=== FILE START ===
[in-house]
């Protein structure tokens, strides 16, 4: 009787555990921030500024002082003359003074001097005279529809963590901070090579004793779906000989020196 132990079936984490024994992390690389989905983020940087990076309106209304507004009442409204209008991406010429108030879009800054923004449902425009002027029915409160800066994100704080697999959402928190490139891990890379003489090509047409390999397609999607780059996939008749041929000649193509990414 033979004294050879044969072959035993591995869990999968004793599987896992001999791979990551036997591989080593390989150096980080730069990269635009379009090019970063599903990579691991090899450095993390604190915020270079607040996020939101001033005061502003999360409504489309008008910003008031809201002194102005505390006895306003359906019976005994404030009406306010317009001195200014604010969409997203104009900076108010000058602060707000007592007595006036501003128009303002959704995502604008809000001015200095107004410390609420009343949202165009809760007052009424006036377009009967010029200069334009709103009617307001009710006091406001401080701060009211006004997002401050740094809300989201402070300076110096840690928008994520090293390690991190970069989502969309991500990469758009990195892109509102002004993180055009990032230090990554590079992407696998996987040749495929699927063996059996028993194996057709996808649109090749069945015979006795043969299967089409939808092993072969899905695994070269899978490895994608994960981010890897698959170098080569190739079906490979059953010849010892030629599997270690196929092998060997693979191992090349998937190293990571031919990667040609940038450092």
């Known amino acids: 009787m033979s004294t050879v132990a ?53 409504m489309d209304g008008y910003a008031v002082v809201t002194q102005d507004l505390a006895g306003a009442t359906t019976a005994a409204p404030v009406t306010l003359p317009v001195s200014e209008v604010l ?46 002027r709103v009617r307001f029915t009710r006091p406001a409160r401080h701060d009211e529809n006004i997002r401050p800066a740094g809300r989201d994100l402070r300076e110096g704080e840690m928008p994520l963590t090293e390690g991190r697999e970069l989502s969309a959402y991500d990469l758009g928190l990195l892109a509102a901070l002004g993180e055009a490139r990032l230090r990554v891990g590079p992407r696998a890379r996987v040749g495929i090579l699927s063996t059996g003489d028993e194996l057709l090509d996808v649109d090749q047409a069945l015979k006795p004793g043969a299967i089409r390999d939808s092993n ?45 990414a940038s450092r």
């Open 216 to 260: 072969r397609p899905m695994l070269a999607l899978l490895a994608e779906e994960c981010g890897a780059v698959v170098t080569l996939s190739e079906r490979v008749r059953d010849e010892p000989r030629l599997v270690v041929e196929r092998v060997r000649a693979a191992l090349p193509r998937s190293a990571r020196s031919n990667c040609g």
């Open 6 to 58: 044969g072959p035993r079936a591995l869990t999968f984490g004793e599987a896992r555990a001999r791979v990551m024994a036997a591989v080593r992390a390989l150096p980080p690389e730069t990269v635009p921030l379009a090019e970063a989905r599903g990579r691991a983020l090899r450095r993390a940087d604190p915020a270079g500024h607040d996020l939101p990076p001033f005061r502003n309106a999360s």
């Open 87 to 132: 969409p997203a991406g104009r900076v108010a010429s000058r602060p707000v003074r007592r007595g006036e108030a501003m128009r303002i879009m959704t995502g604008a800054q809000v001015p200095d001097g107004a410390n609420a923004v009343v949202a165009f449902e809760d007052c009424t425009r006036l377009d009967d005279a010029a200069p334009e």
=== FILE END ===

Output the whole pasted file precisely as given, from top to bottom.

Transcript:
[in-house]
């Protein structure tokens, strides 16, 4: 009787555990921030500024002082003359003074001097005279529809963590901070090579004793779906000989020196 132990079936984490024994992390690389989905983020940087990076309106209304507004009442409204209008991406010429108030879009800054923004449902425009002027029915409160800066994100704080697999959402928190490139891990890379003489090509047409390999397609999607780059996939008749041929000649193509990414 033979004294050879044969072959035993591995869990999968004793599987896992001999791979990551036997591989080593390989150096980080730069990269635009379009090019970063599903990579691991090899450095993390604190915020270079607040996020939101001033005061502003999360409504489309008008910003008031809201002194102005505390006895306003359906019976005994404030009406306010317009001195200014604010969409997203104009900076108010000058602060707000007592007595006036501003128009303002959704995502604008809000001015200095107004410390609420009343949202165009809760007052009424006036377009009967010029200069334009709103009617307001009710006091406001401080701060009211006004997002401050740094809300989201402070300076110096840690928008994520090293390690991190970069989502969309991500990469758009990195892109509102002004993180055009990032230090990554590079992407696998996987040749495929699927063996059996028993194996057709996808649109090749069945015979006795043969299967089409939808092993072969899905695994070269899978490895994608994960981010890897698959170098080569190739079906490979059953010849010892030629599997270690196929092998060997693979191992090349998937190293990571031919990667040609940038450092």
């Known amino acids: 009787m033979s004294t050879v132990a ?53 409504m489309d209304g008008y910003a008031v002082v809201t002194q102005d507004l505390a006895g306003a009442t359906t019976a005994a409204p404030v009406t306010l003359p317009v001195s200014e209008v604010l ?46 002027r709103v009617r307001f029915t009710r006091p406001a409160r401080h701060d009211e529809n006004i997002r401050p800066a740094g809300r989201d994100l402070r300076e110096g704080e840690m928008p994520l963590t090293e390690g991190r697999e970069l989502s969309a959402y991500d990469l758009g928190l990195l892109a509102a901070l002004g993180e055009a490139r990032l230090r990554v891990g590079p992407r696998a890379r996987v040749g495929i090579l699927s063996t059996g003489d028993e194996l057709l090509d996808v649109d090749q047409a069945l015979k006795p004793g043969a299967i089409r390999d939808s092993n ?45 990414a940038s450092r």
């Open 216 to 260: 072969r397609p899905m695994l070269a999607l899978l490895a994608e779906e994960c981010g890897a780059v698959v170098t080569l996939s190739e079906r490979v008749r059953d010849e010892p000989r030629l599997v270690v041929e196929r092998v060997r000649a693979a191992l090349p193509r998937s190293a990571r020196s031919n990667c040609g």
């Open 6 to 58: 044969g072959p035993r079936a591995l869990t999968f984490g004793e599987a896992r555990a001999r791979v990551m024994a036997a591989v080593r992390a390989l150096p980080p690389e730069t990269v635009p921030l379009a090019e970063a989905r599903g990579r691991a983020l090899r450095r993390a940087d604190p915020a270079g500024h607040d996020l939101p990076p001033f005061r502003n309106a999360s």
């Open 87 to 132: 969409p997203a991406g104009r900076v108010a010429s000058r602060p707000v003074r007592r007595g006036e108030a501003m128009r303002i879009m959704t995502g604008a800054q809000v001015p200095d001097g107004a410390n609420a923004v009343v949202a165009f449902e809760d007052c009424t425009r006036l377009d009967d005279a010029a200069p334009e």